Social media interaction is the first thing to fall by the wayside when I’m depressed. Long story short, it’s because I hate myself so passionately that it’s almost funny.
My self-esteem tends to be pretty low on a regular basis, but when depression takes hold it gets even worse; I find myself hating everything about myself and tearing myself down in every possible way. My appearance, my personality, my ability to write – everything about me sucks. I’m the real life Britta from Community – I’m the worst.
I then develop this impulse to withdraw from the world because I feel like I have nothing of value to offer it, and that I will only embarrass myself if I try to prove that I do.
When I’m in this state of mind, interacting with anybody is hard. However, interacting with near-strangers – people who I only know via online communities like Twitter and WordPress – is even tougher. That’s because I feel like these folks don’t know me well enough to remember that I might have some mildly redeeming features that could excuse a dumb thing I say or an unfunny one-liner or a joke that falls flat. I’m scared of looking as stupid as I feel.
I joined the writing community on Twitter in August last year, and yet I’ve never really quite felt like I’m a part of it. I kind of float around the outside, like that weird new kid that tags along when nobody has actually invited them.
That’s my own fault. I don’t interact properly. I’ll like and share Tweets, but I’ll rarely reply to them because I feel like what I have to say isn’t worthy enough of someone’s time. If people respond to my own tweets, I get too scared to reply in case I say something idiotic or don’t say something interesting enough.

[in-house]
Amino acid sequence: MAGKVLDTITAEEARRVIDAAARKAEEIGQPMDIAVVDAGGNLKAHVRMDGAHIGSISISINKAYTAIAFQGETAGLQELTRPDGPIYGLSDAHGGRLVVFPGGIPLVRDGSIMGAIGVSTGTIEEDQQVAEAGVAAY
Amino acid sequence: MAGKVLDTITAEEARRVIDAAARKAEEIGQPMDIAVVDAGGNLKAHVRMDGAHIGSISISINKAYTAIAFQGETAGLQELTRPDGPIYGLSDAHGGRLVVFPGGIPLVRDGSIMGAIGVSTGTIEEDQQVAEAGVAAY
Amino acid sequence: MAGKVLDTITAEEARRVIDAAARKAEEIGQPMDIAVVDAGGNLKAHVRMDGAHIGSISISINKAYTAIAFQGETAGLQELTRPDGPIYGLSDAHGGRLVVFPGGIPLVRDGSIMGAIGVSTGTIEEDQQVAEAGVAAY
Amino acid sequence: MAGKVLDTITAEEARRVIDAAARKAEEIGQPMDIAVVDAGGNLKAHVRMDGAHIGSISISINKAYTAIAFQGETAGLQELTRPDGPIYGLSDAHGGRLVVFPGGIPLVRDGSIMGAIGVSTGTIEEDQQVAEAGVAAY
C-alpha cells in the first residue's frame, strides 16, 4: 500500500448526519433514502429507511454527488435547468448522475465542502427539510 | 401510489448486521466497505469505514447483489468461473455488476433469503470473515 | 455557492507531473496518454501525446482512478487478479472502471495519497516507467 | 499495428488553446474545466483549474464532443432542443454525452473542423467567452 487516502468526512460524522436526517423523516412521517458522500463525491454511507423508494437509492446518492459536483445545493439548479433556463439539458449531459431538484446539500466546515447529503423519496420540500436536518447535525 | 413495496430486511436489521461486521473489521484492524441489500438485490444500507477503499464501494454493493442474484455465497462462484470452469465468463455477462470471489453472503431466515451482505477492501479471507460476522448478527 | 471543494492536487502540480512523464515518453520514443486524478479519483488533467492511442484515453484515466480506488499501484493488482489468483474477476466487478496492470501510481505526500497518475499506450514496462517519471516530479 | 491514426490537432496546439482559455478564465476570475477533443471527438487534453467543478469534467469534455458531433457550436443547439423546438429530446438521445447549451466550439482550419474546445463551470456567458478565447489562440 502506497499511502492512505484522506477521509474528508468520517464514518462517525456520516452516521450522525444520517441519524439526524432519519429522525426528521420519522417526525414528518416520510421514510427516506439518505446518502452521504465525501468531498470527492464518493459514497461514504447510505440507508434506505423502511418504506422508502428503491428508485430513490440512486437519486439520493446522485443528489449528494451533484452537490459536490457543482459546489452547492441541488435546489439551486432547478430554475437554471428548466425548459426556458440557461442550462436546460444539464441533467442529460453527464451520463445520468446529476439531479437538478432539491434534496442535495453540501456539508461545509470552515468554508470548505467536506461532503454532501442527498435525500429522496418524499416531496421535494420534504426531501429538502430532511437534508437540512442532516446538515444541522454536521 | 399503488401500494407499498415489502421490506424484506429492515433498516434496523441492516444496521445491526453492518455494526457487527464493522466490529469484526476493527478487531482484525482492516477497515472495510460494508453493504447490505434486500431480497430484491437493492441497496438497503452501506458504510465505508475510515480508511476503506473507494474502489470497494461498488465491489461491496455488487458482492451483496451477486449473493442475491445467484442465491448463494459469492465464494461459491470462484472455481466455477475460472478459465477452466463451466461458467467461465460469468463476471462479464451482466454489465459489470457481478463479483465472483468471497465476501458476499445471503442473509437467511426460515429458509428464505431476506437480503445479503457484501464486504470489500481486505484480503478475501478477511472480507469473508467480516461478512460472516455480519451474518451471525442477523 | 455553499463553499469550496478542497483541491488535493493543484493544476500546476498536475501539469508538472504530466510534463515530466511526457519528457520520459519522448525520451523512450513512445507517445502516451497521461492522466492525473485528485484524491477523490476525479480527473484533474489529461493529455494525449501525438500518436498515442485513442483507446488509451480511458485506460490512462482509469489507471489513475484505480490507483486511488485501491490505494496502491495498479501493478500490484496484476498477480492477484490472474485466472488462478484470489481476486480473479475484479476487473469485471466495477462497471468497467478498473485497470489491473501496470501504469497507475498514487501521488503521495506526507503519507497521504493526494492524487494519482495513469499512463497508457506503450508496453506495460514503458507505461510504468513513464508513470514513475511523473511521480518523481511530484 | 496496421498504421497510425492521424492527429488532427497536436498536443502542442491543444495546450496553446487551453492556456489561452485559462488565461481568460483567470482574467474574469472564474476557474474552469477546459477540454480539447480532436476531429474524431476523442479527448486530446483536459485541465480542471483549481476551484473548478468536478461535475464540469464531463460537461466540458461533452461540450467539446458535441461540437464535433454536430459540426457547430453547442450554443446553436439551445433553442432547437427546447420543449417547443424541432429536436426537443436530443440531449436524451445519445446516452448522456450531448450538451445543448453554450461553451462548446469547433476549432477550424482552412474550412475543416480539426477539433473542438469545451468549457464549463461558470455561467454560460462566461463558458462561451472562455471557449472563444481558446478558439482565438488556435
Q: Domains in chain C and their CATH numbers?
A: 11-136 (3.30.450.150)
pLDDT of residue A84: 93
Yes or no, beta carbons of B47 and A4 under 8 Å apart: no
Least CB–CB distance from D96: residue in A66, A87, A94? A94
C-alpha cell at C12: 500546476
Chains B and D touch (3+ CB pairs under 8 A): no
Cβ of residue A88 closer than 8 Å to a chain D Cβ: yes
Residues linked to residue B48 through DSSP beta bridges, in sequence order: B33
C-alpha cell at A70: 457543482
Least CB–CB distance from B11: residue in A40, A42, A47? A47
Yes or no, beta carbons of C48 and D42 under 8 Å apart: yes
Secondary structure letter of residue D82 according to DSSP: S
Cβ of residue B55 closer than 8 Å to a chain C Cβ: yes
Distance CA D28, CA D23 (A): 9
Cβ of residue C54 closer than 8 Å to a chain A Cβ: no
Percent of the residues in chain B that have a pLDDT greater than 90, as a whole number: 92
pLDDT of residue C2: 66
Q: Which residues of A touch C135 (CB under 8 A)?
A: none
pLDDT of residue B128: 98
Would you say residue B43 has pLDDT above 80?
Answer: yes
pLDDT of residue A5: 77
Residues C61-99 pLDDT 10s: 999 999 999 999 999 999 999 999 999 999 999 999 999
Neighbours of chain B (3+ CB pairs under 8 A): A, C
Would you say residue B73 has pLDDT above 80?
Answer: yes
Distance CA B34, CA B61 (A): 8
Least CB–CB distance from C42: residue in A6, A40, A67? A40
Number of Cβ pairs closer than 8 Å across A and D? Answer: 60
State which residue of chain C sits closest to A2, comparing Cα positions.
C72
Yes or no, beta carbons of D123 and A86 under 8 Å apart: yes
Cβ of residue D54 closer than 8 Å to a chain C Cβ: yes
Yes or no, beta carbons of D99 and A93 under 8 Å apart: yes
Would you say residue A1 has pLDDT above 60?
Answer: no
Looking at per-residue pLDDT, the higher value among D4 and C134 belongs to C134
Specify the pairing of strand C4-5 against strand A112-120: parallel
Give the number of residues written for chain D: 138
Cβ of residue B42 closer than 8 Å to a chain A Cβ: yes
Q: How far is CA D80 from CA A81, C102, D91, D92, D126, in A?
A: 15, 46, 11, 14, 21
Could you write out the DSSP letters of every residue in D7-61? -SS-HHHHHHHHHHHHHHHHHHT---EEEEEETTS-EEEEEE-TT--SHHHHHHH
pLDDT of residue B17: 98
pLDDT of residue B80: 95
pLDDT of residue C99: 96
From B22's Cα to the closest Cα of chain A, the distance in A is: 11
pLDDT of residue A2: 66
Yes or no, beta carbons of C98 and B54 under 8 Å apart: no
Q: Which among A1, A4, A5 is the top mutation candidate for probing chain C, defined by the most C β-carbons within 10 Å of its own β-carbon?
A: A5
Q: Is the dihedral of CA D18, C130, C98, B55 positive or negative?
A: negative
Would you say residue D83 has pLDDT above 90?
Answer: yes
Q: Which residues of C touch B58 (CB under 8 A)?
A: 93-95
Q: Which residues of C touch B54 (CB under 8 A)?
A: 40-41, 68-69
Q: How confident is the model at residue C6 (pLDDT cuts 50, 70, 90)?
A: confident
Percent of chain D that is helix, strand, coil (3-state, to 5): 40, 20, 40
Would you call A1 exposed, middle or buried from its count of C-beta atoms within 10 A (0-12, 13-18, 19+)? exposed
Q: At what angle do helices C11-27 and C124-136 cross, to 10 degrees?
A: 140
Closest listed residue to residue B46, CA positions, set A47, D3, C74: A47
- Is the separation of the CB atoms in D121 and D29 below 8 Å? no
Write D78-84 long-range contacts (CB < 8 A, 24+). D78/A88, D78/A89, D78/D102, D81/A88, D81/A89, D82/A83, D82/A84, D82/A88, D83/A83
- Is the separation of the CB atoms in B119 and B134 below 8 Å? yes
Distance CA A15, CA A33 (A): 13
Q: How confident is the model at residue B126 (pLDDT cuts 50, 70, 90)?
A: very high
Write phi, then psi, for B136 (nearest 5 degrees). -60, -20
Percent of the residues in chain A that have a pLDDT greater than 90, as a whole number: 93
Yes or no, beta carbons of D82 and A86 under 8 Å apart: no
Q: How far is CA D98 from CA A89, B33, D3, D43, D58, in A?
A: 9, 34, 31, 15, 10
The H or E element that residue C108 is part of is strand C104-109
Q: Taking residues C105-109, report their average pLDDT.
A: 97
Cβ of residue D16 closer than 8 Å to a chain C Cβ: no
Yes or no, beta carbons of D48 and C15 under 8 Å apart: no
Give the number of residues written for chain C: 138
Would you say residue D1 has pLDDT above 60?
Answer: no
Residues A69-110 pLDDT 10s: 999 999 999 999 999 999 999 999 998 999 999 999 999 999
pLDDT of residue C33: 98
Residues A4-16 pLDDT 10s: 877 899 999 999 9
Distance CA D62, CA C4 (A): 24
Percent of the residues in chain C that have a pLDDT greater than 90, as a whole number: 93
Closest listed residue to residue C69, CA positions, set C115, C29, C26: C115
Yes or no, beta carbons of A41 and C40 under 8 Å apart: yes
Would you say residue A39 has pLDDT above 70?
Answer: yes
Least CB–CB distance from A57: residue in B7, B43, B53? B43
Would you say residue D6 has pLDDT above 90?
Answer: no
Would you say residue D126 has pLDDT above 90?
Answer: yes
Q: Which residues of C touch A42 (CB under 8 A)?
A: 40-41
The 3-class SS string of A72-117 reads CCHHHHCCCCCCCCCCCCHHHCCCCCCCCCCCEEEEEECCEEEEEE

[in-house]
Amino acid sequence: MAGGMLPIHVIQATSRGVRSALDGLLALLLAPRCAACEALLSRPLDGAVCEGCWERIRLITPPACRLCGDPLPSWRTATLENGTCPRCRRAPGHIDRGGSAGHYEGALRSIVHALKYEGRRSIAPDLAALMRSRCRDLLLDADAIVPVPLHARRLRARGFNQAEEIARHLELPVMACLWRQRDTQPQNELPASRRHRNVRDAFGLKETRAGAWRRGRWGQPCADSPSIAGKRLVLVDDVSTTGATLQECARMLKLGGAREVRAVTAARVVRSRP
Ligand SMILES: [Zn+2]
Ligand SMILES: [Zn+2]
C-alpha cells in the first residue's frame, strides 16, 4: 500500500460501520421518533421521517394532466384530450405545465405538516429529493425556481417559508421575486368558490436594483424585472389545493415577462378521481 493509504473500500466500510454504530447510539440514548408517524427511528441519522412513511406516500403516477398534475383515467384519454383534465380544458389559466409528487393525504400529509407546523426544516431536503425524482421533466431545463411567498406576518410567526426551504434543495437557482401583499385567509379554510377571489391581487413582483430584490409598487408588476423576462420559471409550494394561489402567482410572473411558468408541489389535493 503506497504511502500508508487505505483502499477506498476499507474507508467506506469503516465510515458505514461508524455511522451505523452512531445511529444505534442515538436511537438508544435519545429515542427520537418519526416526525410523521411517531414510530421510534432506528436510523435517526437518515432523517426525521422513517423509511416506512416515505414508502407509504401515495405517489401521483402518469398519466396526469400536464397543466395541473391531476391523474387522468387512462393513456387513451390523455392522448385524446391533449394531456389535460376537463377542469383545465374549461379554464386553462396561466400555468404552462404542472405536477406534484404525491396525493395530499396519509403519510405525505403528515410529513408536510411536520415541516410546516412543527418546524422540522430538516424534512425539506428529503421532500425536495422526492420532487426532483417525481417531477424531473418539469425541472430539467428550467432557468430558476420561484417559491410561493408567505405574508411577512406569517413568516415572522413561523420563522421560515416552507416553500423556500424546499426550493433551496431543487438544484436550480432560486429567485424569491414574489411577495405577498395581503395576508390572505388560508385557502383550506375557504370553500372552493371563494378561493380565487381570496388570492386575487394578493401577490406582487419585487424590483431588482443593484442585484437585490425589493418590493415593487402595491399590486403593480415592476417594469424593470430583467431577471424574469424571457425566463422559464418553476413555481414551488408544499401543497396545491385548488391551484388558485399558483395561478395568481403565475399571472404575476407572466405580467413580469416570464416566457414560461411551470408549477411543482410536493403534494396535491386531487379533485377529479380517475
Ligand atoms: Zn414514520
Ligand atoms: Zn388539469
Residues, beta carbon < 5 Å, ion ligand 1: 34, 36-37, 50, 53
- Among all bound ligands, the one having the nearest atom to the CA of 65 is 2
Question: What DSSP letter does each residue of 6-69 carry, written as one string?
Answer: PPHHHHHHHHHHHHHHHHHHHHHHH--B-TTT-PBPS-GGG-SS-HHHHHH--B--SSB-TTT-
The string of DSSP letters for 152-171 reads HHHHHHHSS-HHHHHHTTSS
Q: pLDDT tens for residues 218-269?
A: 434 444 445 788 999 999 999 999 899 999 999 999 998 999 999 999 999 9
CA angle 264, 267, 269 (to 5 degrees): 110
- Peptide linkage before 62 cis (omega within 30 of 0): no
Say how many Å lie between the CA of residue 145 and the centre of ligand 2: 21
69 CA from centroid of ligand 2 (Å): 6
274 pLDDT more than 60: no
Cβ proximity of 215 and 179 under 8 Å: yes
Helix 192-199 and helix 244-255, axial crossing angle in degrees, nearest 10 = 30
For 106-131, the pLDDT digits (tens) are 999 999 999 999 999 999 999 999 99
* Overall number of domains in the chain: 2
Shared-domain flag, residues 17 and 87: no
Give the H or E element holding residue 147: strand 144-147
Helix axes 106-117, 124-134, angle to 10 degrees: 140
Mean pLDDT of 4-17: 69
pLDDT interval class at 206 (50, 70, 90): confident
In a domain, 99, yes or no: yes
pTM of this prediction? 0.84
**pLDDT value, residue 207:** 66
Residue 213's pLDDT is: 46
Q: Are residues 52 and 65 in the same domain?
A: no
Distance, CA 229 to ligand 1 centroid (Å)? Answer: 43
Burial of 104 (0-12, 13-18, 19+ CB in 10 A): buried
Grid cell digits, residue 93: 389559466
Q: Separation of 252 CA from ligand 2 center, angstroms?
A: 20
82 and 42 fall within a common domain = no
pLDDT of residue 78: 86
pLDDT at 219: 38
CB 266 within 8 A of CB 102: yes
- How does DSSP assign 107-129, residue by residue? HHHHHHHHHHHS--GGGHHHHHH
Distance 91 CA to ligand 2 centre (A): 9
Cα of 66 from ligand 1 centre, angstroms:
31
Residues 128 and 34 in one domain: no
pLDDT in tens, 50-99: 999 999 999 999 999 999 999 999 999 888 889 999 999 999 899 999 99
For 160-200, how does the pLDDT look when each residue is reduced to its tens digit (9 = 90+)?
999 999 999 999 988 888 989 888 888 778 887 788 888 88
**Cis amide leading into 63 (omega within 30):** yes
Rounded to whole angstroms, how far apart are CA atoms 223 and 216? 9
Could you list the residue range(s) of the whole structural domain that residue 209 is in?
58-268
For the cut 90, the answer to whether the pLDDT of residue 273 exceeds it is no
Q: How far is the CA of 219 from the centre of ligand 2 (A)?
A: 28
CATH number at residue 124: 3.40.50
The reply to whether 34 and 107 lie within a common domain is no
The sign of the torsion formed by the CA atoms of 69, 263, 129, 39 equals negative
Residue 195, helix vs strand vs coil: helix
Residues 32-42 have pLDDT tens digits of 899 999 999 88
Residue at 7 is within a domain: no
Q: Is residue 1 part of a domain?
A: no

It’s a similar situation here on WordPress; I’ve avoided interactions because I don’t feel like I’m good enough to justify wasting the time of whoever has to read my comment. And don’t even get me started on Instagram; I’m so unfamiliar with that platform that the thought of attempting to get involved in the writing community there breaks me out in a cold sweat.
I’m only holding myself back in the process, though. I’m missing out on making connections with wonderful writers. And that makes me really sad.
I don’t think there’s a simple solution that will stop me caring about what others think of me, or stop me thinking the worst of myself. All I can do is ignore those nagging, self-deprecating thoughts, suck it up, and try to connect with others, even if I genuinely am the worst. So that’s what I’ll try to do from here on out.
And I promise I’ll get a mildly useful and insightful writing-related blog up next Sunday! May just happened to be a bit of a self-pitying month. Ugh, I really am the worst.Follow Ellie Scott on WordPress.com